Adam Ford Reviews Joel Deane

18 May 2009

Magisterium by Joel Deane
Australian Scholarly Publishing, 2008

Magisterium is the second collection by Joel Deane, following on from his debut collection Subterranean Radio Songs and his debut novel Another. In an interview with Paul Mitchell published in Cordite in 2006, when asked about the interplay between his work as speechwriter for the Premier of Victoria and his other life as a poet, Deane cited American poet Eleanor Wilner, who said of poets that, 'We need to take back the rhetorical high ground from the politicians who degrade it'. Deane went on express the hope that the poems contained in his next book might approach 'the kind of apocalyptic public language' hinted at by Wilner. Such ambitions can sound a little lofty, but Magisterium would seem to be a successful achievement of that goal.

'Apocalyptic' is actually an apt way to describe this collection. Magisterium reads like a series of admonitions. Were these poems to be read aloud, the delivery that would suit them best would be a low, angry growl. They paint a picture of a cruel, violent and cynical world and its inhabitants, who are both the victims and the perpetrators of this cruelty. Deane's poems are preoccupied with the dark side of morality, the ethical failures and moral lapses that are all too familiar. Murder, betrayal and self-interest all feature heavily.

In keeping with these imposing subject matters, Deane's language aims for a matching gravitas. Throwing so many complex words and weighty concepts around so boldly can run the risk, especially for a poem, of becoming melodramatic and parodic. There's something in Deane's execution, however, that allows the best of his poems to transcend the adolescent feel that poems about death, despair and the meaning of life often have.

Admittedly, sometimes Deane does go a little far with his language, and strays into the purple, as in 'Rhetorica' – 'The hieroglyphics of slaughter:/An ideographic of evisceration without a Rosetta' – or in 'Dearly Beloved':

For there is magnificence
in our dissonance
A disharmonic opera
of percussive rage

Even then, however, there is something to admire about the ambition of such poems.

It all comes down to the confidence with which Deane executes his task. To take on such big topics could be brave or foolish, but whether it's one or the other, Deane keeps an even keel. He knows what he wants to say and he says it with a steady voice and a mesmerising approach. You might not agree with his point, or his worldview, but something about these poems makes you respect them all the same.

With so much weight given to human failure, indifferent suffering and death, Magisterium could have been excessively angst-ridden and pompous, but it isn't. There's enough humanity in Deane's poems about relationships, family and contemporary politics to counterpoint the weight of his widescreen moments and make the collection less like a sermon and more like a conversation.

Deane's poems are at their most accessible – without sacrificing any of their tautness – when the subjects they concern are more personal and less theoretical; when they are about specific incidents rather than general points of view. 'Cronulla Postcards', about the race riots in Sydney in 2006, is one such poem:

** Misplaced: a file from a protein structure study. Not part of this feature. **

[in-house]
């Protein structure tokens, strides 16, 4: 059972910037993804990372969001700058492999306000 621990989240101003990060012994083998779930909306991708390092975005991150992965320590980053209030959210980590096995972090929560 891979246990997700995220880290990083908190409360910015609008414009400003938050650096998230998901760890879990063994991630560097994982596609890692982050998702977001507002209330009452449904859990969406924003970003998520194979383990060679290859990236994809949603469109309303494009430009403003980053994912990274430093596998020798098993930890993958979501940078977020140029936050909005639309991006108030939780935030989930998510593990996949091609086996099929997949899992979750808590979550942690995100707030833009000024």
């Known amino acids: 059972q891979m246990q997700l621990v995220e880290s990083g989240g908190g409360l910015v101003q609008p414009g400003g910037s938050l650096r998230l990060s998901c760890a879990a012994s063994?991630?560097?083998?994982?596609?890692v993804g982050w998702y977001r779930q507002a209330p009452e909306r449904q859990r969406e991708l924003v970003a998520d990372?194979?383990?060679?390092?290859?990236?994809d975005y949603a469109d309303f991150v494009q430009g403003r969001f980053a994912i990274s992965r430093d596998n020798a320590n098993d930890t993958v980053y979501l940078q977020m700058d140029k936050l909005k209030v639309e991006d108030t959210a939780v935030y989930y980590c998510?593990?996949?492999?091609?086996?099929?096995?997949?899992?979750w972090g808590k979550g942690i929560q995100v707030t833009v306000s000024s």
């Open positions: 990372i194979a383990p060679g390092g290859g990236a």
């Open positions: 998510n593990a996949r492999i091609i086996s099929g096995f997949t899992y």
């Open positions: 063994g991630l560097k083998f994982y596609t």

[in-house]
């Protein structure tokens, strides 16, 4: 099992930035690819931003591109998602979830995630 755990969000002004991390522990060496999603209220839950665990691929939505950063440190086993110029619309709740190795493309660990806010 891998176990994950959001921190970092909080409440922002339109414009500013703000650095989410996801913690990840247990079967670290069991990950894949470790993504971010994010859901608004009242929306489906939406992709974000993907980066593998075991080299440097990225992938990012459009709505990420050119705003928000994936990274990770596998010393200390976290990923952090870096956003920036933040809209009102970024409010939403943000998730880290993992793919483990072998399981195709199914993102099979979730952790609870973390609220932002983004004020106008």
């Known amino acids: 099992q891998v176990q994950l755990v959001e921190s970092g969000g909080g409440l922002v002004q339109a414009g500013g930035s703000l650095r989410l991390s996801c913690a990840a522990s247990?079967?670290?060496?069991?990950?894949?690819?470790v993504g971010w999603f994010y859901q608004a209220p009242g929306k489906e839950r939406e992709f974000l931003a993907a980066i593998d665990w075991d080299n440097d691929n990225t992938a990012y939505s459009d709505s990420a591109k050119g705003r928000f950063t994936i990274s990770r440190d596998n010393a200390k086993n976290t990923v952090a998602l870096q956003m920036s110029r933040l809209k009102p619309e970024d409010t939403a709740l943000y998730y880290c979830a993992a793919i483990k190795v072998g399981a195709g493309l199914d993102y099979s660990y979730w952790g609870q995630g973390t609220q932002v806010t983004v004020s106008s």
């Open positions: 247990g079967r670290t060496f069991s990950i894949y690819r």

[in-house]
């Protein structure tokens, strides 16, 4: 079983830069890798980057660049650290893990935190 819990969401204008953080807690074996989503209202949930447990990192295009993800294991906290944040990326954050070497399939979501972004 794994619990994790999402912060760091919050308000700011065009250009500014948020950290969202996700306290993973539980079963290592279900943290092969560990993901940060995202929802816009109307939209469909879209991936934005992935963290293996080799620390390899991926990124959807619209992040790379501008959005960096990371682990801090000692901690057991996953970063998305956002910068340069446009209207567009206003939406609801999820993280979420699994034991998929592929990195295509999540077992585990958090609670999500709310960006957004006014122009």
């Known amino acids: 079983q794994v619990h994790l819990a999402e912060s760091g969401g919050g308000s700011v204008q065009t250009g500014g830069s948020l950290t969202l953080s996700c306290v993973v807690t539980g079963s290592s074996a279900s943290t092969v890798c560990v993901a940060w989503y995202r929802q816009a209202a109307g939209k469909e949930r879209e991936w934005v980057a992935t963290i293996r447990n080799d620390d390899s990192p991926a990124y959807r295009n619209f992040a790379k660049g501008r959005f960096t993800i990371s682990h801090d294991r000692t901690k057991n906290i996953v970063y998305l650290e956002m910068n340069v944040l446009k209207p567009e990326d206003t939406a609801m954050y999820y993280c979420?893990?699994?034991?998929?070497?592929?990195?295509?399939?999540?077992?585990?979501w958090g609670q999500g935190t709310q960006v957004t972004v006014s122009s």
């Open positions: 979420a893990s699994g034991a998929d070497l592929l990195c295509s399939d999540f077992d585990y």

Breakers loiter offshore                                                       onshore
                                                             a mob rampages
                                                             between the flags.

'Driving My Mother's Car' is another:

Did not expect it
to smell like this.

Not old. Not new.

There are also moments – admittedly not that many – in which Deane lets a little light shine through to provide a contrast to the darkness and lighten the load of an undeniably heavy book. He allows for the possibility of love and joy among the terror and confusion in a smattering of love poems such as 'Call This Happiness', in which 'the black dog of unending night/ends'.

There is optimism also in 'The Seasoned Shepherd to His Love', in which love is posited as a panacea for environmental degradations. As Deane notes in 'Requiem', life may well be a long slow fuck, a slow-motion car crash off a cliff into a barbed-wire fence, but even so 'we love this life we are leaving/and are unafraid of the next'.

It is true that even these (comparatively) lighter moments in Magisterium are tinged with despair, but their bittersweet flavour still helps to cut through the potentially overwhelming taste of doom and gloom.

This is not a cheery book. This is not poetry as a celebration. But despite this, Deane never feels maudlin. It never feels like he wants us to give up or to lie down and die. Like the sermons his poetry emulates, his poems are examples held up to us to make us think, to show us the things that make us uncomfortable and to provoke us into considering how different life could be.

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About Adam Ford

Adam Ford lives on unceded Dja Dja Wurrung Country in the Central Victorian town of Chewton. He is the author of the poetry collections Not Quite the Man for the Job and The Third Fruit is a Bird, the short story collection Heroes and Civilians, and the microfiction photoromance zine Science Fiction Barbarians in Love. Dance to the Anticlinal Fold, Adam’s self-guided spoken word walking tour about history and landscape, is available online. His poems have been published in Asimov’s, Best Australian Poems, Strange Horizons, Going Down Swinging, Overland, unusual work and Cordite Poetry Review.


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